Friday, 23 July 2010

Caught by Laxton.

After viewing Steven Laxton's collection of photographs, I found myself mesmerized by his ability to capture the inner emotion. The personal close-ups in 'faces' and the futuristic take on life, through the collection 'dystopian future', evoke a sense of isolation, furthering their intimate nature. Each and every collection is collaborated effectively, and the individual photographs portray a story about the characters concerned. Its like watching stills from a familiar film - their lives become exposed and vulnerable, drawing the viewer to create a connection and almost experience the emotions of the subjects for themselves, such as those in 'city nights' or the 'chinatown girl'. Laxton himself stated: "My inspiration comes from cinema, music, dance and painting, with my biggest influences being directors such as Krzysztof Kieslowski, Martin Scorsese, Wong Kai Wai and Alejandro González Iñárritu." He truly mastered the craft of stripping back the outer layers of his subjects in order to reveal their true identity, through catching them at their most impassioned moments.

Image sources: http://www.stevenlaxton.com/main.php
              http://www.commarts.com/fresh/steven-laxton.html

Sunday, 18 July 2010

Back in time.

The very moment you step onto the winding, cobbly streets of Oxford, you are forgiven for believing you have time warped back to the 17th century - the immaculately maintained, medieval buildings of the university play a huge role in the setting of this fairy tale land. However, during my recent trip, I had but one aim in mind: to explore each and every art scene within this historical city. Of course there was going to be an expansive collection of paintings, coming straight out of the Pre-Raphaelite era, along with the buildings to which they belong. Nevertheless, after a tour around the Ashmolean Museum, I came across the Modern Art gallery - a contemporary haven, hidden deep within Pembroke Street. It exuded a true, bohemian ambiance, whilst looking misfittingly avant-garde amongst the archaic architecture. The photos below show the works of Howard Hodkin (Modern Art), whose inluence for this particular exhibition was 'Time and Place'. To be frank, I've never been a keen follower of the modern artists - I mean, surely a 5 year old could have easily produced this contrasting mess of brush strokes? But this exhibition somehow played towards changing my initial views - it was most likely to have been the painting 'Sky' - a gem of blue tranquility enclosed within an ornate, gold frame. The spiraling, circular theme is consistant within the work, which I found suggestive of the neverending freedom of the sky, or perhaps, the circle of life, which is also often depicted through the imagery of the sky (heaven). Whatever the case may be, it definitely got me thinking about modernism on a much deeper level, overlooking the initial simplicity of the artwork.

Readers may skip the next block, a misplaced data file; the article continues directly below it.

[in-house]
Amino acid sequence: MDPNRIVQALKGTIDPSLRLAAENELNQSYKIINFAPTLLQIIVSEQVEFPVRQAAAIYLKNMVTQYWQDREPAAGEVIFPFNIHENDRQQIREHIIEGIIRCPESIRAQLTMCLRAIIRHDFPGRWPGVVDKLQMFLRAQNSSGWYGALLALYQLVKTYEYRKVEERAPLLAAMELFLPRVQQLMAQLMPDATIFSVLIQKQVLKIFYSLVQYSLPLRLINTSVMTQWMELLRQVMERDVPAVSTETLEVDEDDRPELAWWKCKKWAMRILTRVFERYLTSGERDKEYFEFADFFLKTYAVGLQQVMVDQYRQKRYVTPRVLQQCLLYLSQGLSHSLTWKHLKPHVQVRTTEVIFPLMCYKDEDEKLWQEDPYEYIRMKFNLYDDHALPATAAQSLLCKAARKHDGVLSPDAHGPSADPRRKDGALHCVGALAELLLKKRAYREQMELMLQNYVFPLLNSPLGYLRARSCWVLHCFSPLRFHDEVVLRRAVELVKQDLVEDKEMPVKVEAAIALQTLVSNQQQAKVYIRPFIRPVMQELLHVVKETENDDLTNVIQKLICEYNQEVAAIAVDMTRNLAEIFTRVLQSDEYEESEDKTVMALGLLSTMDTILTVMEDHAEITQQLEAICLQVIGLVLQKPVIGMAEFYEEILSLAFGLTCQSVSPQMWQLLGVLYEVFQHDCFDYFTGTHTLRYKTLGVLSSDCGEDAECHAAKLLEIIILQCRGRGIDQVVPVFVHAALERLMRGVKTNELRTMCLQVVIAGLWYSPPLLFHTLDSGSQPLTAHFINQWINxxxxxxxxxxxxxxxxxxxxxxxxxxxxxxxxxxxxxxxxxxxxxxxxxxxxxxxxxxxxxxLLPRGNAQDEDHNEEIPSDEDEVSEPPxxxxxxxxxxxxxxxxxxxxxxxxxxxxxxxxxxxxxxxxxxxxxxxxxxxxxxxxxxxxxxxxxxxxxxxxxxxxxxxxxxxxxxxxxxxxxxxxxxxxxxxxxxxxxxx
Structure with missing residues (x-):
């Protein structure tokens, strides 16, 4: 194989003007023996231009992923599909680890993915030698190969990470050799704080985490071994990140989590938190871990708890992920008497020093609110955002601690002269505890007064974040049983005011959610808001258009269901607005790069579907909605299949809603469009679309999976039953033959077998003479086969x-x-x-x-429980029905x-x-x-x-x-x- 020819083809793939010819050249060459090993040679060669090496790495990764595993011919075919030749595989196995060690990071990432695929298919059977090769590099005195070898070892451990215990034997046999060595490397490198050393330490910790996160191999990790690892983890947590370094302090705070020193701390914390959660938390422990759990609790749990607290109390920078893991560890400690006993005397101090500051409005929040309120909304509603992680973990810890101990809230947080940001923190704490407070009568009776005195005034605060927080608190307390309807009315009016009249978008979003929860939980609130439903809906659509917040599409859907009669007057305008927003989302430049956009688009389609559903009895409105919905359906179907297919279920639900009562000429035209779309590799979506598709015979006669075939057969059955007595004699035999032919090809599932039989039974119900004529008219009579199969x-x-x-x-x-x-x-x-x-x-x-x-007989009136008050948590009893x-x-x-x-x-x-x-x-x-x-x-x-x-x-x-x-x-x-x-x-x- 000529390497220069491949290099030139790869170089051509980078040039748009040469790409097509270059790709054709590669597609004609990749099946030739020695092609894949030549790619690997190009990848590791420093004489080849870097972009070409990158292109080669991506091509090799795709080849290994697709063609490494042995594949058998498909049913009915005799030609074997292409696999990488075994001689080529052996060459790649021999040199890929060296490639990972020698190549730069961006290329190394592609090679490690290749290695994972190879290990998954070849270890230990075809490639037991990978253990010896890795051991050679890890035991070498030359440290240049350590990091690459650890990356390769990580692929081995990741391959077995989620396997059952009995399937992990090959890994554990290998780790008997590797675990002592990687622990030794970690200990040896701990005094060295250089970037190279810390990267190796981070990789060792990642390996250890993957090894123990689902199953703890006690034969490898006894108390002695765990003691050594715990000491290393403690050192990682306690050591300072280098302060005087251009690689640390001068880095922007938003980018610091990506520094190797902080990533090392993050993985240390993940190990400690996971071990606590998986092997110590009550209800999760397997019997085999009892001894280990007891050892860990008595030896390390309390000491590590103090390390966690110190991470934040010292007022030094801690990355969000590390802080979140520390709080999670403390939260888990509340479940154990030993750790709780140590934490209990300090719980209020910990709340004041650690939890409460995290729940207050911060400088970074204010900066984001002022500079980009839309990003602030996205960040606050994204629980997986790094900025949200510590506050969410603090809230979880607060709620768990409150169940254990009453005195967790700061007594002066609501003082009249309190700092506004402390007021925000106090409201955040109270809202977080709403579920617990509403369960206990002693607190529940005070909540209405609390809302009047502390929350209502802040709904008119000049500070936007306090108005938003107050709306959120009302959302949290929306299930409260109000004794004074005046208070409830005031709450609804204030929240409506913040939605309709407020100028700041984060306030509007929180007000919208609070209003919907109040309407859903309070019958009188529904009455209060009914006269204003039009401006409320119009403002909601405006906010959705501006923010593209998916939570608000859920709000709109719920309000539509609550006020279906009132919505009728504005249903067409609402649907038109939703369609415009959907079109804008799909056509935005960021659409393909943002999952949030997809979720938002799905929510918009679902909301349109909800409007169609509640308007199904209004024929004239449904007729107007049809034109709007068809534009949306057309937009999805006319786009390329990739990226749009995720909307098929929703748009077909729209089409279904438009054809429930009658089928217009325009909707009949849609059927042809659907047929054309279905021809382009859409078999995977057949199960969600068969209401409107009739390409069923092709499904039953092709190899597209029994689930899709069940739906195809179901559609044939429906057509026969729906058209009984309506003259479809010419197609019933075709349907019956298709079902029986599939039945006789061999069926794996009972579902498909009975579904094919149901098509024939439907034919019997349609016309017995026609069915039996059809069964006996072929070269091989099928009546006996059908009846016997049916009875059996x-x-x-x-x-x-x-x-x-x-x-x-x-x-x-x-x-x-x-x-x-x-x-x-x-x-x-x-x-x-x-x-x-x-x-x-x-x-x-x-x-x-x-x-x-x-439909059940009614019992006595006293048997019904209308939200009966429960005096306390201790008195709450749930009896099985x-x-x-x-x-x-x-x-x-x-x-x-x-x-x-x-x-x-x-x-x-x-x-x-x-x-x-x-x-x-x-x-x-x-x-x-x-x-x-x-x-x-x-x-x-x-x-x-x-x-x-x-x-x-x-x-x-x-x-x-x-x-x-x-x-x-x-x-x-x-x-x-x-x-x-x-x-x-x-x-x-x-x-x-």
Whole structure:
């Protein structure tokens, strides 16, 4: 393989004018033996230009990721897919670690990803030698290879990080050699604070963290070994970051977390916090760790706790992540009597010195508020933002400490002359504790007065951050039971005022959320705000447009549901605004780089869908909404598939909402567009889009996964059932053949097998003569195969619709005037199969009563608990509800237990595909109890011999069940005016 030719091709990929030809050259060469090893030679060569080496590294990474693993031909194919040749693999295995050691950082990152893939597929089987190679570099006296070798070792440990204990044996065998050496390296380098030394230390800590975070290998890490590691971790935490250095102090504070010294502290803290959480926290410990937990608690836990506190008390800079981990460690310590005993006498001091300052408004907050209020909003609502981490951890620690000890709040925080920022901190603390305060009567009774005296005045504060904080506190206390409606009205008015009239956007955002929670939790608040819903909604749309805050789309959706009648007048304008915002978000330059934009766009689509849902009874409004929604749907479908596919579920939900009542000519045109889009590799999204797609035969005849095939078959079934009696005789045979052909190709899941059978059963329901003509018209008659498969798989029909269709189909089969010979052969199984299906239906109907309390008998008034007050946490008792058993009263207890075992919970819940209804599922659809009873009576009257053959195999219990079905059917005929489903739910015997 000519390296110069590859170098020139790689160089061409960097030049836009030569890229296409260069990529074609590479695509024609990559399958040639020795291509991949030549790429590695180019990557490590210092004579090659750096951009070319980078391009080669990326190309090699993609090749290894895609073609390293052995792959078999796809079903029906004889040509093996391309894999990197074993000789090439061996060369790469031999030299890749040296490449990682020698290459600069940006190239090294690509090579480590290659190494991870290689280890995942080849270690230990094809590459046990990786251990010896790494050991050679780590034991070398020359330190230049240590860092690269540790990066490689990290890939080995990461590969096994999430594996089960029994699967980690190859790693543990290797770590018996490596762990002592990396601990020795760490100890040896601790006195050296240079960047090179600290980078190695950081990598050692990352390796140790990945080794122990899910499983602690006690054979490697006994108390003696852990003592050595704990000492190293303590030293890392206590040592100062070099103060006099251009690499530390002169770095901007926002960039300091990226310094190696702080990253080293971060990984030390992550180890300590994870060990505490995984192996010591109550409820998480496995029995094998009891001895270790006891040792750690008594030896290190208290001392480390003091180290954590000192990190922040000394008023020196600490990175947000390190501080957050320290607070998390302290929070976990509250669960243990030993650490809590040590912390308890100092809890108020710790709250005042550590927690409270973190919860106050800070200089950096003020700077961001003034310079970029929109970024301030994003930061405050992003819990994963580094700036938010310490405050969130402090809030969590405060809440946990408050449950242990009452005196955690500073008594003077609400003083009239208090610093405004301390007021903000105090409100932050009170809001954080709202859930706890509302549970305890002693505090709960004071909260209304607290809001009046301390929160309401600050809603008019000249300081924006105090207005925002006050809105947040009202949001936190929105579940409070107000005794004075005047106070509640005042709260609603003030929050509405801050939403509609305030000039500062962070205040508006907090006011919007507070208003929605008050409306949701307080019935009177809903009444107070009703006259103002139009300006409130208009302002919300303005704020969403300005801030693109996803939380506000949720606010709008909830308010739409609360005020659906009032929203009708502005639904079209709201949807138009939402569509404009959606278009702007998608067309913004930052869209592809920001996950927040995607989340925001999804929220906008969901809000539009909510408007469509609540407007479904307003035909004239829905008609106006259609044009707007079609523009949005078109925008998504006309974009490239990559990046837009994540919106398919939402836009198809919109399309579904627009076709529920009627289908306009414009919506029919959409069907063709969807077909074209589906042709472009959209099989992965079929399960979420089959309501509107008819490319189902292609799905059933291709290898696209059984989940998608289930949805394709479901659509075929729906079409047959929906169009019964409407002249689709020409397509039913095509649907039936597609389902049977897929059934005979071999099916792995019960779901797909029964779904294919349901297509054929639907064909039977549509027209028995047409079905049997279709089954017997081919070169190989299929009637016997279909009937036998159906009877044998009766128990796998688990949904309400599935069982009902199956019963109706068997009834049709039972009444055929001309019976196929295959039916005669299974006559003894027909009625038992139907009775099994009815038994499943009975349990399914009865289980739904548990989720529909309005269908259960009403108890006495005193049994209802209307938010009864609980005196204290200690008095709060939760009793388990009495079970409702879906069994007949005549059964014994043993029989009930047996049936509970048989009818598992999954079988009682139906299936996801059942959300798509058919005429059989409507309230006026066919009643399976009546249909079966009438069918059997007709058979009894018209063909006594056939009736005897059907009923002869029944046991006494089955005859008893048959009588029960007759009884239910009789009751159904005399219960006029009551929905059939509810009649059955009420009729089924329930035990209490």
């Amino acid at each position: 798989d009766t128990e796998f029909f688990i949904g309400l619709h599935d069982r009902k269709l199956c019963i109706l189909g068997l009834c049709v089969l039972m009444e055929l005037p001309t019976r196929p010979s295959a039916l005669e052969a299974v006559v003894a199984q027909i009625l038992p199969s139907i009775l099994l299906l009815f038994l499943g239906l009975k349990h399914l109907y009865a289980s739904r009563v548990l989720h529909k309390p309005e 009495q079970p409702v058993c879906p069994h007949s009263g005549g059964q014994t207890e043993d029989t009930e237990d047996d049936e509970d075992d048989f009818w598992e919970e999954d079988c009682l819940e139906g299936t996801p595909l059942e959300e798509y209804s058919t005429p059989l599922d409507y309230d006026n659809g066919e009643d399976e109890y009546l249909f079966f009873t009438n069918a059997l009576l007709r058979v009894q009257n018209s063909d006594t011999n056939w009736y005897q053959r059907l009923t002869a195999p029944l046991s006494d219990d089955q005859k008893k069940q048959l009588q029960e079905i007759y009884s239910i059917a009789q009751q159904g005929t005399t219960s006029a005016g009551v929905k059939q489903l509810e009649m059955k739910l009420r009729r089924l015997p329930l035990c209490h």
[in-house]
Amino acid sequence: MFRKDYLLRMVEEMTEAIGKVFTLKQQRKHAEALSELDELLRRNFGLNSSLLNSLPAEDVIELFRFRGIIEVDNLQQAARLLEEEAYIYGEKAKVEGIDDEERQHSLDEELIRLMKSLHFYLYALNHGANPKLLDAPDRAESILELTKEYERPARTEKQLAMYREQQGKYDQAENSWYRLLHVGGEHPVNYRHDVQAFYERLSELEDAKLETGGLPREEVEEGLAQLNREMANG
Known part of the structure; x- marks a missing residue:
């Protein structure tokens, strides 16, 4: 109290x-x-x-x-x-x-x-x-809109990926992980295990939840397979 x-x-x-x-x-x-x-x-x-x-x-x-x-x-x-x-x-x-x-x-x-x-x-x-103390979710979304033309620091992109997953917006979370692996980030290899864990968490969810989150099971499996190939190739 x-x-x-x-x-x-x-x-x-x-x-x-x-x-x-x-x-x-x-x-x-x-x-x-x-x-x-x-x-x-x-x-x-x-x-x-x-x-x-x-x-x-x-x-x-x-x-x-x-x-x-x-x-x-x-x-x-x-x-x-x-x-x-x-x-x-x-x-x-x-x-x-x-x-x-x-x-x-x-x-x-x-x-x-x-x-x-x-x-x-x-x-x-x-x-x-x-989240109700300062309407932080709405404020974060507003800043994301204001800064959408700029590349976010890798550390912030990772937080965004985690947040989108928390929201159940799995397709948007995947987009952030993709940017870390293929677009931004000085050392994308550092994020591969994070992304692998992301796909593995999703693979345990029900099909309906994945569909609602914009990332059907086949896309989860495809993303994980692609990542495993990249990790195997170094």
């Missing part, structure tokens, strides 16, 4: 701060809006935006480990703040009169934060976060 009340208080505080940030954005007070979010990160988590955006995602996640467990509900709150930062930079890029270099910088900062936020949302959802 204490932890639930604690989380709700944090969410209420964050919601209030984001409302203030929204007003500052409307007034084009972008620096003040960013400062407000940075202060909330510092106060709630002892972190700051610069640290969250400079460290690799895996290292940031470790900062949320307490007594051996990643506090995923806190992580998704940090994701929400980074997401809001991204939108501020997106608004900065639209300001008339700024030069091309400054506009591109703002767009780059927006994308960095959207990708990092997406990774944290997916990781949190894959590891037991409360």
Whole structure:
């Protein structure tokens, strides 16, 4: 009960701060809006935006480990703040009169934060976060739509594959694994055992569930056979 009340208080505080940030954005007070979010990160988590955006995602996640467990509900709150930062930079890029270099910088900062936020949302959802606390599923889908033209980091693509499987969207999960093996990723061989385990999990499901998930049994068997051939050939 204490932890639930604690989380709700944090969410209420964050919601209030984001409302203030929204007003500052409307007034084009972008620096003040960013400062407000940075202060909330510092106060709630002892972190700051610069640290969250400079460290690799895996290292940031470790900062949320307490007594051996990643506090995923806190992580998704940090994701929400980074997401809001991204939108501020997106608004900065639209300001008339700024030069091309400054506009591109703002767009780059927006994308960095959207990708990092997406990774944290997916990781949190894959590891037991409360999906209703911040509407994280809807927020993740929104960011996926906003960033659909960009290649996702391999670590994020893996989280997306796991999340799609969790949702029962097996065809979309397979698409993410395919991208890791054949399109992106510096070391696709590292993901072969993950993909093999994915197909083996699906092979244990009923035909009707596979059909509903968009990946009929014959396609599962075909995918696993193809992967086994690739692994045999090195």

Ashmolean museum staircase
'Miss Ruth Stewart Hodgson' by Frederic Lord Leighton stood out to me immediately - the contrast with the dark background makes the painting bolder and infuses it with a sinister underlay.
Howard Hodgkin:

'In Egypt'

'Ozone'
'The Sky's The Limit'


Bodleian library